So, it was with some trepidation that, a couple of weeks later, I pulled everything back to check on the worms. They were doing fine! In fact, I am happy to report that this experiment has continued successfully all summer. After finding the worms in apparently good health, I added another ‘bin’ and then another a few weeks later, eventually taking up most of the 3 x 6 foot portion of my coop that sits directly on the ground. The worms have never taken off as exuberantly as they did in my vermicompost bin, which is a writhing mass of breeding worms. But the population is holding on, even as I learn my way through the fusion of these two systems.

Does this sound like just your sort of craziness? Join me in the pioneering adventure of worm farm poultry bedding, which I have dubbed ‘vermibedding.’

Vermibedding Tips

  • If you haven’t already, start by keeping a standard vermicompost bin for a few months before you begin.
  • Research worms thoroughly (see resources below), so you can better understand how to provide for their needs. I recommend focusing on “worm farming” rather than “worm composting.”
  • Most importantly, your worms need a consistently moist but never soggy environment, and a moderate temperature range.
  • This system can only work in genuine, pre-established ‘deep bedding,’ which is essentially an active (if slow) compost pile in your coop. Worms do not eat the poop itself (nor do they eat the veggie scraps in your bin) but rather the microorganisms involved in composting waste.
  • Although you want the bedding to be composting actively, and a little warmth can be helpful, it must never be allowed to get hot or your worms might die.
  • Make sure you are using deep, deep bedding. A thick pack of material allows a margin for error. If it gets too dry or hot in one area, the worms can move to another.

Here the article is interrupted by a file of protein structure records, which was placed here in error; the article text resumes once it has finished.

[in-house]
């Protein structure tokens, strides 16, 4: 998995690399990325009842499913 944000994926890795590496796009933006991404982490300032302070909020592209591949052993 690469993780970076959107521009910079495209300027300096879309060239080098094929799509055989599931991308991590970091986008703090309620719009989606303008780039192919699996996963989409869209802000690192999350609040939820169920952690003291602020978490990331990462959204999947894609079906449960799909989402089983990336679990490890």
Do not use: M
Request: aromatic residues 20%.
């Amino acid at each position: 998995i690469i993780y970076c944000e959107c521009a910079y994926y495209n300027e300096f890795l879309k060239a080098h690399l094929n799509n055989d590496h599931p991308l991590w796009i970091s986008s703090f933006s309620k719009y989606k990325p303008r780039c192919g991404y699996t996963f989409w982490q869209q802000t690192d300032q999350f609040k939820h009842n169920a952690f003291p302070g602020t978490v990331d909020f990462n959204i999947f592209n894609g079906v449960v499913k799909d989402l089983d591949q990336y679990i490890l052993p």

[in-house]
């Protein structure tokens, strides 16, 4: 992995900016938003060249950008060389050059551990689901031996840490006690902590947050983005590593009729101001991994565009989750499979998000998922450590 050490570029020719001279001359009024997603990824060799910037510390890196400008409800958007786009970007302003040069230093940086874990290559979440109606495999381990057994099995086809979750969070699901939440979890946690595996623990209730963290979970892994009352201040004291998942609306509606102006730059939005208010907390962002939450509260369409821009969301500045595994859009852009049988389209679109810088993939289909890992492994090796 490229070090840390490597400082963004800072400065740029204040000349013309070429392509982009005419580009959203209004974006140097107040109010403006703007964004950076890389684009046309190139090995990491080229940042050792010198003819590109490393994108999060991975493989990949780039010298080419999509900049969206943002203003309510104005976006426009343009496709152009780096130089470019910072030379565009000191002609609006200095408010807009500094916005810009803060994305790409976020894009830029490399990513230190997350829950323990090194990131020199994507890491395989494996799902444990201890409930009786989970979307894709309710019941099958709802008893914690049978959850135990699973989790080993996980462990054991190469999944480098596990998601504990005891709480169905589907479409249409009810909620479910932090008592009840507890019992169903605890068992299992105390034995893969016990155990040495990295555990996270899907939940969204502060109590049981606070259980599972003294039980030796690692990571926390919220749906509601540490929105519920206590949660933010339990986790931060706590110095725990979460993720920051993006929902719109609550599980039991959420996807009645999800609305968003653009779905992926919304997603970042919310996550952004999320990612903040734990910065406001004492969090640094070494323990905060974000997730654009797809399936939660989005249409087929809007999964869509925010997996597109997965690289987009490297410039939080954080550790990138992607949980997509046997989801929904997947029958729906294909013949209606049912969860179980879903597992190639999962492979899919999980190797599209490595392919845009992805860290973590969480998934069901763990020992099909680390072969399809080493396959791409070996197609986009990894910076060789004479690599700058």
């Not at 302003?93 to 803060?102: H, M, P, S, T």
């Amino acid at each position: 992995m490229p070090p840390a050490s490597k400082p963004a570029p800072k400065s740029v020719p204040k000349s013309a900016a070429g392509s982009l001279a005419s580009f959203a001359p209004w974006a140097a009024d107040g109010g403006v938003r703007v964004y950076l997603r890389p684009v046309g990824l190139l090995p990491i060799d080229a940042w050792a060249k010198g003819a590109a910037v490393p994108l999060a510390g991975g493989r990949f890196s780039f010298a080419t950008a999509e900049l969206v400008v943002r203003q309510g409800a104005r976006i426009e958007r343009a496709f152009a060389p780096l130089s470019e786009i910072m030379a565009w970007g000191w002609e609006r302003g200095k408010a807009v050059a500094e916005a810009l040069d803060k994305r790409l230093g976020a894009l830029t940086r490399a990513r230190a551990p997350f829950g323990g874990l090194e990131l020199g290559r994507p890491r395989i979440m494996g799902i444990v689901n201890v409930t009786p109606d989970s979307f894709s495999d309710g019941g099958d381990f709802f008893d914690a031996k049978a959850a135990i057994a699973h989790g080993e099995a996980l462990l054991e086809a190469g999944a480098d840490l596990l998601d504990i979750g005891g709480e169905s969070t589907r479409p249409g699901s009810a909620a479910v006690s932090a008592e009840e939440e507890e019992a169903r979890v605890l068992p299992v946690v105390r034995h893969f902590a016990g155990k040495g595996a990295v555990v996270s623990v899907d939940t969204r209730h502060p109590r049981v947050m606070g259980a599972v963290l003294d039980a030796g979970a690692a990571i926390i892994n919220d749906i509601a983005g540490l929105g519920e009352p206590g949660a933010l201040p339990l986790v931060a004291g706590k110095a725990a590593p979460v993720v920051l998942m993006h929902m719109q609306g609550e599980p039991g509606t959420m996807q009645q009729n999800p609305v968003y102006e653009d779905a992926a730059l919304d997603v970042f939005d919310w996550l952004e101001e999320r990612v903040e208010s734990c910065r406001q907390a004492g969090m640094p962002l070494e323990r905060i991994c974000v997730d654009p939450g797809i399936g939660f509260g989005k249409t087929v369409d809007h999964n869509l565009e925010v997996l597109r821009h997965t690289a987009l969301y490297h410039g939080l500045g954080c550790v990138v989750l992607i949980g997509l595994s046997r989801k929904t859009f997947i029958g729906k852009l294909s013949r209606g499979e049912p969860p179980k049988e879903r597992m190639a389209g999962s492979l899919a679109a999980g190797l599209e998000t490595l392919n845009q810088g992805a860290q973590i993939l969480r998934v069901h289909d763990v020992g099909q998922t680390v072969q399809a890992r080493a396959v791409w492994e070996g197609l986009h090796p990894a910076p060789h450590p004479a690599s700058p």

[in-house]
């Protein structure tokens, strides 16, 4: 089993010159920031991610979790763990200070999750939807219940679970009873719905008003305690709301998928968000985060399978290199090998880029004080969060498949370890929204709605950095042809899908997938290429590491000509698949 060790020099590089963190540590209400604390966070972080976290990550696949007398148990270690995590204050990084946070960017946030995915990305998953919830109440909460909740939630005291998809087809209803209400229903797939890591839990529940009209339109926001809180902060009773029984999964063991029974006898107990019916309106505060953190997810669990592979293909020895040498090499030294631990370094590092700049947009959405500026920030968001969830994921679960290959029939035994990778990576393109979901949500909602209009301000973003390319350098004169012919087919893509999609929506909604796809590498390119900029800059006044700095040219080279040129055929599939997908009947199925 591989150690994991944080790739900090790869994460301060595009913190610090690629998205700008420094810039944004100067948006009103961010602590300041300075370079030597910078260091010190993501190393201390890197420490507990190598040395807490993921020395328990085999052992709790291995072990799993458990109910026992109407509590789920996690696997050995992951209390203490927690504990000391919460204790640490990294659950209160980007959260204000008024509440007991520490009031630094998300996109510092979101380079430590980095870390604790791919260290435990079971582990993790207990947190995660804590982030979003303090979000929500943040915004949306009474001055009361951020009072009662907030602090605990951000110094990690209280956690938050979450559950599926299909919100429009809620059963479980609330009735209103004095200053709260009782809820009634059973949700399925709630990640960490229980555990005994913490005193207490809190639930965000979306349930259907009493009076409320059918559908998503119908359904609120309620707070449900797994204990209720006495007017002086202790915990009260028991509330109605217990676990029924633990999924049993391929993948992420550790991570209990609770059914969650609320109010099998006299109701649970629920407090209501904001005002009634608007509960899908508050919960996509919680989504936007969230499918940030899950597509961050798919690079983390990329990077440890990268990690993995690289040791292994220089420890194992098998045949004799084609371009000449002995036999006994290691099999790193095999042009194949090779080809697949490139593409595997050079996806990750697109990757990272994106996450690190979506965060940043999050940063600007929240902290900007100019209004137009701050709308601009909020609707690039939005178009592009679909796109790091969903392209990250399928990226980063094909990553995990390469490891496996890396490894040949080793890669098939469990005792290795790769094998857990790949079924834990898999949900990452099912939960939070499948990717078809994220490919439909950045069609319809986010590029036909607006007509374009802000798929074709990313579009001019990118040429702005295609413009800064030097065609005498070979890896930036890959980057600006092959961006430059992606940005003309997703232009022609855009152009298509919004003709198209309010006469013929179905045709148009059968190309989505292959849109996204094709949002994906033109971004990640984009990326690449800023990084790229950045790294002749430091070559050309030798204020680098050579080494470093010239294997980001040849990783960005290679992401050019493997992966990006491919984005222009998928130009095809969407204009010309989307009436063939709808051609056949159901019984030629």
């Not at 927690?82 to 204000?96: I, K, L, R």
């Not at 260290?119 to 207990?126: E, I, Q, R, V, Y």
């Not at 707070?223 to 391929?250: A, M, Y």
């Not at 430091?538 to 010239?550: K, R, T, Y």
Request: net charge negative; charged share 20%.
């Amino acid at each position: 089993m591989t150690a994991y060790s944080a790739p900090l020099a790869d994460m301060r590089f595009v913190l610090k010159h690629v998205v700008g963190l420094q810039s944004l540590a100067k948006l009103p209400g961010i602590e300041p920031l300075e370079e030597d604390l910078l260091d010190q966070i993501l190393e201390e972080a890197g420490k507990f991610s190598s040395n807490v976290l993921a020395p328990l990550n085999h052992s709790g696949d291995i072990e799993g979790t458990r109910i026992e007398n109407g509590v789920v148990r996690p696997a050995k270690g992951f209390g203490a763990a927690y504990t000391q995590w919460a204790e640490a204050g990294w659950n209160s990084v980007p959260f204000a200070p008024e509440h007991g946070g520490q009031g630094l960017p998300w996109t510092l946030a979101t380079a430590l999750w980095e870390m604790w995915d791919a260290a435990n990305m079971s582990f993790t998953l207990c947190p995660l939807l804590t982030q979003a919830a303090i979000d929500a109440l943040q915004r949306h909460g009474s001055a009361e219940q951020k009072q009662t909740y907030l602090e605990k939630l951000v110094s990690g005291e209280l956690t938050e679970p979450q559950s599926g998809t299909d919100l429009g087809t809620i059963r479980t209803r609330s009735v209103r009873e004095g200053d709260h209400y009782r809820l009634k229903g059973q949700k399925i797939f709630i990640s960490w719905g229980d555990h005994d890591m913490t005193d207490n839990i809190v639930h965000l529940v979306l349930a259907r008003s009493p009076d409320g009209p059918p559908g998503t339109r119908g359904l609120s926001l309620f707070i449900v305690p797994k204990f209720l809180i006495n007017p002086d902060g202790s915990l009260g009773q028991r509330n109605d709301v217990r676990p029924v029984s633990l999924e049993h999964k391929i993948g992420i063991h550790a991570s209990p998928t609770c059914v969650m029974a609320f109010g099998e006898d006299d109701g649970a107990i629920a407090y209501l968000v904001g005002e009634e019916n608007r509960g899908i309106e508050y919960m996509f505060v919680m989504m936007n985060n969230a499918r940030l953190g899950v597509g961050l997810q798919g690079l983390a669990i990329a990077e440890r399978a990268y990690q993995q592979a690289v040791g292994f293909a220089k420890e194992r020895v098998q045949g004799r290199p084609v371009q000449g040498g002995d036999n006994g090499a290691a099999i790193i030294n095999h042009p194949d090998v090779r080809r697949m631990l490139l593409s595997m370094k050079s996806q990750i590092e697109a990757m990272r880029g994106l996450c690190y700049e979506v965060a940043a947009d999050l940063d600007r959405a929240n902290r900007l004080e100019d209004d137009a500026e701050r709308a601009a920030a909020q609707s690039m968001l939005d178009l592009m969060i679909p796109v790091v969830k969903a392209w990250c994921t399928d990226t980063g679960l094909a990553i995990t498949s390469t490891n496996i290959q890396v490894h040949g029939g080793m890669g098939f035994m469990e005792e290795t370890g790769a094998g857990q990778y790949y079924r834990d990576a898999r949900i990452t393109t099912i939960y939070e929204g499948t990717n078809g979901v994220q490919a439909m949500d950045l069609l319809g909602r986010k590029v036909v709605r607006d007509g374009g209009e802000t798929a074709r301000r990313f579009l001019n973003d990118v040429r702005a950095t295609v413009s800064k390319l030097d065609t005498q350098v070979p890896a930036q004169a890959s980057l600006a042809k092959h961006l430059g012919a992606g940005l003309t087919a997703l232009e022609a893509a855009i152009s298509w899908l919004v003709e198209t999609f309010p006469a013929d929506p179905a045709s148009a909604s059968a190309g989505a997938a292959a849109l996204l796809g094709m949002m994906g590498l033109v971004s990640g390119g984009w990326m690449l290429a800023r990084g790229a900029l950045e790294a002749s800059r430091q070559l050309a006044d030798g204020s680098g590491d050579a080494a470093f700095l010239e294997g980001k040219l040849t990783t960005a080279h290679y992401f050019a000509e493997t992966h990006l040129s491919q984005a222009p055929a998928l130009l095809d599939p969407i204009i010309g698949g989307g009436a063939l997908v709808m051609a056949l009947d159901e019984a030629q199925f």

• Keep a well fed stock of worms in your standard vermicompost system while you are experimenting in the coop, just in case.
  • Your vermibedding area will have a better chance of survival if it’s in contact with the ground. This will keep it moister, maintain a more even temperature range, and give the worms a back-up escape route in case of disaster. (Composting worms will generally not migrate out into the ground, because it is not a rich enough environment for their food needs, but can take shelter there temporarily.) However, siting your worm farm directly on the ground does remove the possibility of harvesting the worm ‘juice,’ a very valuable commodity… unless you plant some comfrey downhill of the coop!

Keep in mind that your worms can survive in a broader range of environments than they can proliferate in. Although I have managed to maintain the population in my coop’s bedding, so far I have not seen the kind of growth that would provide any significant contribution to my flock’s feed. From my research and napkin figuring, it could take quite some time to build that kind of density in such a relatively large area. My vermibed is nearly 18 square feet (about 2 square meters), whereas a typical vermicompost bin is only two or three square feet.

But beyond the time required to build a population, it’s going to depend on being able to provide optimum conditions for breeding. Not to mention the big question on everyone’s lips — will they survive the winter? Properly managed deep bedding produces some heat, and can theoretically be kept from freezing in all but the lowest temperatures, so I do have a little hope.

One last note on the “harvesting” of worms. I had worried that the chickens would dig down to the main worm area and decimate the population, but so far that hasn’t happened at all. The chickens really only scratch up the top few inches of bedding, and the worms tend to stay in the bottom few inches. This could change as the density increases, as worms will migrate away from overly populated areas. But in that case, it would be the perfect self-feeding system, right?

If you have experimented with worms in the bedding of your poultry coop, please leave a comment below!


  • For an explanation of nipple waterers, check out Avian Aqua Miser.
  • For basic information on starting and keeping a standard vermicompost bin, I recommend Red Worm Composting.
  • Harvey Ussery offers the best information on raising worms to feed poultry that I have found. He describes his system on his website as well as in his book. He also has a great article about deep bedding.
  • The classic text Friend Earthworm: Practical Application of a Lifetime Study of Habits of the Most Important Animal in the World by George Sheffield Oliver is available to read online at Journey to Forever’s fantastic farm library. It is a must read for aspiring vermiculturists, and he even talks specifically about raising worms for chicken feed.